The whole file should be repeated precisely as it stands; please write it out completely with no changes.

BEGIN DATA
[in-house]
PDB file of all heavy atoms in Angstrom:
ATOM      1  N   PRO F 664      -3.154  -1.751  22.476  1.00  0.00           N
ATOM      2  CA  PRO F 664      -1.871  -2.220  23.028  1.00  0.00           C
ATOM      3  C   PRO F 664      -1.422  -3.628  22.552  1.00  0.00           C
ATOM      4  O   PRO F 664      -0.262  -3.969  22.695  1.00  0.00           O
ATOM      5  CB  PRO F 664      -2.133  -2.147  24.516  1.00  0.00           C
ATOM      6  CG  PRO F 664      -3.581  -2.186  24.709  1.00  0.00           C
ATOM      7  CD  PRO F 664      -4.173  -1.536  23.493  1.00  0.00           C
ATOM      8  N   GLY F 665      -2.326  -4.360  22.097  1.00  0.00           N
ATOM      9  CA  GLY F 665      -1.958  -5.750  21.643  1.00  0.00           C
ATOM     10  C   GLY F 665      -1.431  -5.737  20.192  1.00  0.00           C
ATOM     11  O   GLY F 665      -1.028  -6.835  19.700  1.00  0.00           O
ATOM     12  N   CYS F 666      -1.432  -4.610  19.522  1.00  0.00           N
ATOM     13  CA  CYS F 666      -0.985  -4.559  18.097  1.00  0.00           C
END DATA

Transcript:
[in-house]
PDB file of all heavy atoms in Angstrom:
ATOM      1  N   PRO F 664      -3.154  -1.751  22.476  1.00  0.00           N
ATOM      2  CA  PRO F 664      -1.871  -2.220  23.028  1.00  0.00           C
ATOM      3  C   PRO F 664      -1.422  -3.628  22.552  1.00  0.00           C
ATOM      4  O   PRO F 664      -0.262  -3.969  22.695  1.00  0.00           O
ATOM      5  CB  PRO F 664      -2.133  -2.147  24.516  1.00  0.00           C
ATOM      6  CG  PRO F 664      -3.581  -2.186  24.709  1.00  0.00           C
ATOM      7  CD  PRO F 664      -4.173  -1.536  23.493  1.00  0.00           C
ATOM      8  N   GLY F 665      -2.326  -4.360  22.097  1.00  0.00           N
ATOM      9  CA  GLY F 665      -1.958  -5.750  21.643  1.00  0.00           C
ATOM     10  C   GLY F 665      -1.431  -5.737  20.192  1.00  0.00           C
ATOM     11  O   GLY F 665      -1.028  -6.835  19.700  1.00  0.00           O
ATOM     12  N   CYS F 666      -1.432  -4.610  19.522  1.00  0.00           N
ATOM     13  CA  CYS F 666      -0.985  -4.559  18.097  1.00  0.00           C